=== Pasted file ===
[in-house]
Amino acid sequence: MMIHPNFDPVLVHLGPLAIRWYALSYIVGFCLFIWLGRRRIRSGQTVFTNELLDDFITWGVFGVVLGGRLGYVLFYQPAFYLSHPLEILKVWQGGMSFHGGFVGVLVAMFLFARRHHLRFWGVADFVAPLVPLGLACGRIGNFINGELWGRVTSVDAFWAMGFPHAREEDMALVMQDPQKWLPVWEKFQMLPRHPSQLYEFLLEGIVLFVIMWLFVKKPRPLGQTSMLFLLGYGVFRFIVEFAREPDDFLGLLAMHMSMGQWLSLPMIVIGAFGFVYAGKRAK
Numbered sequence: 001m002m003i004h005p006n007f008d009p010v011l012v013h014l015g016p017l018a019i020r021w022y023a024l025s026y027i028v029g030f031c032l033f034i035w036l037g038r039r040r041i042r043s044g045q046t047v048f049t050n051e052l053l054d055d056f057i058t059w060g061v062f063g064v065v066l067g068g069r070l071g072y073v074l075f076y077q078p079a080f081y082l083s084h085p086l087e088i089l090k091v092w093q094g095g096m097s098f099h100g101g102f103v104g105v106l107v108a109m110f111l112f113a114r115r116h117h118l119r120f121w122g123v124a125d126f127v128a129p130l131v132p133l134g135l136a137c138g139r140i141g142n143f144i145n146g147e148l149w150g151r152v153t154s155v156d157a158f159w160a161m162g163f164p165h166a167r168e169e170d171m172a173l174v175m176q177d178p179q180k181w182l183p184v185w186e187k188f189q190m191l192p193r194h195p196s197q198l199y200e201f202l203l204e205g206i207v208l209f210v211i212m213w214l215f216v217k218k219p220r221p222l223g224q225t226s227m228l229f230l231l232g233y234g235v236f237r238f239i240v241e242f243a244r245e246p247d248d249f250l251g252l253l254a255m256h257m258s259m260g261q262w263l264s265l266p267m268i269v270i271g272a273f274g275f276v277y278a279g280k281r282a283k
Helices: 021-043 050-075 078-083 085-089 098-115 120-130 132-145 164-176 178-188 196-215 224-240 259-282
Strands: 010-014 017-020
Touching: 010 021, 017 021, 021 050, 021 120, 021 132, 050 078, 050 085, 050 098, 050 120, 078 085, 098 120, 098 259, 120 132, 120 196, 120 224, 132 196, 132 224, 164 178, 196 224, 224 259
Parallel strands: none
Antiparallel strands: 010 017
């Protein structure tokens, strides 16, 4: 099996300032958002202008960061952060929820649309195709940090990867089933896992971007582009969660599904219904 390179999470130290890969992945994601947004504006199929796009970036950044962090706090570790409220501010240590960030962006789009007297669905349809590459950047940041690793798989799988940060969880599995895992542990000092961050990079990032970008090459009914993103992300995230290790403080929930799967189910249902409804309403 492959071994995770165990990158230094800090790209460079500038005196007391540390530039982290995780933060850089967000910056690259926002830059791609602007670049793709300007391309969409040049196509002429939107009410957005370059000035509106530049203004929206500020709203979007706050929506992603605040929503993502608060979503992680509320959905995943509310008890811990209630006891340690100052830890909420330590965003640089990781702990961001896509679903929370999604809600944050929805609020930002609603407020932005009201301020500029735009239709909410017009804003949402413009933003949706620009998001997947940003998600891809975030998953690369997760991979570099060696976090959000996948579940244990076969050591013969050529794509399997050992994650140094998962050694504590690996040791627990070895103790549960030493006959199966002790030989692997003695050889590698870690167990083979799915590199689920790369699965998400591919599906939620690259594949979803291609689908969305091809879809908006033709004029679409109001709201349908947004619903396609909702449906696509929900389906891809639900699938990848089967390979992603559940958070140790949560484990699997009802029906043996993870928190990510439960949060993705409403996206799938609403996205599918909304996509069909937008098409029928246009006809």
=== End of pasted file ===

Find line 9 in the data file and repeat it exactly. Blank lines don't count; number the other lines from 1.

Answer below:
């Protein structure tokens, strides 16, 4: 099996300032958002202008960061952060929820649309195709940090990867089933896992971007582009969660599904219904 390179999470130290890969992945994601947004504006199929796009970036950044962090706090570790409220501010240590960030962006789009007297669905349809590459950047940041690793798989799988940060969880599995895992542990000092961050990079990032970008090459009914993103992300995230290790403080929930799967189910249902409804309403 492959071994995770165990990158230094800090790209460079500038005196007391540390530039982290995780933060850089967000910056690259926002830059791609602007670049793709300007391309969409040049196509002429939107009410957005370059000035509106530049203004929206500020709203979007706050929506992603605040929503993502608060979503992680509320959905995943509310008890811990209630006891340690100052830890909420330590965003640089990781702990961001896509679903929370999604809600944050929805609020930002609603407020932005009201301020500029735009239709909410017009804003949402413009933003949706620009998001997947940003998600891809975030998953690369997760991979570099060696976090959000996948579940244990076969050591013969050529794509399997050992994650140094998962050694504590690996040791627990070895103790549960030493006959199966002790030989692997003695050889590698870690167990083979799915590199689920790369699965998400591919599906939620690259594949979803291609689908969305091809879809908006033709004029679409109001709201349908947004619903396609909702449906696509929900389906891809639900699938990848089967390979992603559940958070140790949560484990699997009802029906043996993870928190990510439960949060993705409403996206799938609403996205599918909304996509069909937008098409029928246009006809």